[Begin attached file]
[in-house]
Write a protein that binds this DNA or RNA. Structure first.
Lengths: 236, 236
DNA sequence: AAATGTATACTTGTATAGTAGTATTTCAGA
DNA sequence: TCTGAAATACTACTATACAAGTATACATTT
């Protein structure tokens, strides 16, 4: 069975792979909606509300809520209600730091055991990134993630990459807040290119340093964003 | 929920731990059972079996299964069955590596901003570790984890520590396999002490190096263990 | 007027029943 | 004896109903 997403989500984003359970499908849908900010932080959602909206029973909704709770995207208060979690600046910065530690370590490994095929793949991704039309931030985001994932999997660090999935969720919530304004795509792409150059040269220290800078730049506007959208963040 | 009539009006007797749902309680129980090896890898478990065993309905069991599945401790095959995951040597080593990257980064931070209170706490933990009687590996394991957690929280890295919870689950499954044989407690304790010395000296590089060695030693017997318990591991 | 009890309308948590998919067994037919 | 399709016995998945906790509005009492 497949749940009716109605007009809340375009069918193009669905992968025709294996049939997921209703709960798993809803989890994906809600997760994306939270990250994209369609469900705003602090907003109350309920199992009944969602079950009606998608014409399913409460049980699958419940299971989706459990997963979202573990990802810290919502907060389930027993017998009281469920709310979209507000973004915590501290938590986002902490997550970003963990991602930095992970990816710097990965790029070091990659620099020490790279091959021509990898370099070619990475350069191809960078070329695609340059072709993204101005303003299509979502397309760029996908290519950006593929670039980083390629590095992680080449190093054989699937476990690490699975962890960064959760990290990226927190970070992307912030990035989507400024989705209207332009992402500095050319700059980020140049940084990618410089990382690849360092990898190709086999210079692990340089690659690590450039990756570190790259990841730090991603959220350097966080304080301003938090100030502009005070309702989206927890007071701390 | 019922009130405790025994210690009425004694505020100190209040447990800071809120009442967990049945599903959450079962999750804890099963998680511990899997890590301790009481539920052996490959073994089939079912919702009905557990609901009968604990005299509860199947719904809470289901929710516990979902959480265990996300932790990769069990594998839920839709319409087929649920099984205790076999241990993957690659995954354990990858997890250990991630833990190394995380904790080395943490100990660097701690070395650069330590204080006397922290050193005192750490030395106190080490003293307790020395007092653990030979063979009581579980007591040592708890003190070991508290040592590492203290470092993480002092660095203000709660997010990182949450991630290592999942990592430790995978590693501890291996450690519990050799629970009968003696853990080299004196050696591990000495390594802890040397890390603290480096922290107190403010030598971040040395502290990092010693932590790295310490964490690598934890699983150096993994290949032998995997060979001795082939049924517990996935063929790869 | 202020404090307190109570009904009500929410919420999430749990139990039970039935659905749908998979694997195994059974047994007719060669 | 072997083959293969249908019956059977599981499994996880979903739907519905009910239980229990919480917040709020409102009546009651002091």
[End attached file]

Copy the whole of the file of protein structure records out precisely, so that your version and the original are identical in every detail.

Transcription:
[in-house]
Write a protein that binds this DNA or RNA. Structure first.
Lengths: 236, 236
DNA sequence: AAATGTATACTTGTATAGTAGTATTTCAGA
DNA sequence: TCTGAAATACTACTATACAAGTATACATTT
């Protein structure tokens, strides 16, 4: 069975792979909606509300809520209600730091055991990134993630990459807040290119340093964003 | 929920731990059972079996299964069955590596901003570790984890520590396999002490190096263990 | 007027029943 | 004896109903 997403989500984003359970499908849908900010932080959602909206029973909704709770995207208060979690600046910065530690370590490994095929793949991704039309931030985001994932999997660090999935969720919530304004795509792409150059040269220290800078730049506007959208963040 | 009539009006007797749902309680129980090896890898478990065993309905069991599945401790095959995951040597080593990257980064931070209170706490933990009687590996394991957690929280890295919870689950499954044989407690304790010395000296590089060695030693017997318990591991 | 009890309308948590998919067994037919 | 399709016995998945906790509005009492 497949749940009716109605007009809340375009069918193009669905992968025709294996049939997921209703709960798993809803989890994906809600997760994306939270990250994209369609469900705003602090907003109350309920199992009944969602079950009606998608014409399913409460049980699958419940299971989706459990997963979202573990990802810290919502907060389930027993017998009281469920709310979209507000973004915590501290938590986002902490997550970003963990991602930095992970990816710097990965790029070091990659620099020490790279091959021509990898370099070619990475350069191809960078070329695609340059072709993204101005303003299509979502397309760029996908290519950006593929670039980083390629590095992680080449190093054989699937476990690490699975962890960064959760990290990226927190970070992307912030990035989507400024989705209207332009992402500095050319700059980020140049940084990618410089990382690849360092990898190709086999210079692990340089690659690590450039990756570190790259990841730090991603959220350097966080304080301003938090100030502009005070309702989206927890007071701390 | 019922009130405790025994210690009425004694505020100190209040447990800071809120009442967990049945599903959450079962999750804890099963998680511990899997890590301790009481539920052996490959073994089939079912919702009905557990609901009968604990005299509860199947719904809470289901929710516990979902959480265990996300932790990769069990594998839920839709319409087929649920099984205790076999241990993957690659995954354990990858997890250990991630833990190394995380904790080395943490100990660097701690070395650069330590204080006397922290050193005192750490030395106190080490003293307790020395007092653990030979063979009581579980007591040592708890003190070991508290040592590492203290470092993480002092660095203000709660997010990182949450991630290592999942990592430790995978590693501890291996450690519990050799629970009968003696853990080299004196050696591990000495390594802890040397890390603290480096922290107190403010030598971040040395502290990092010693932590790295310490964490690598934890699983150096993994290949032998995997060979001795082939049924517990996935063929790869 | 202020404090307190109570009904009500929410919420999430749990139990039970039935659905749908998979694997195994059974047994007719060669 | 072997083959293969249908019956059977599981499994996880979903739907519905009910239980229990919480917040709020409102009546009651002091």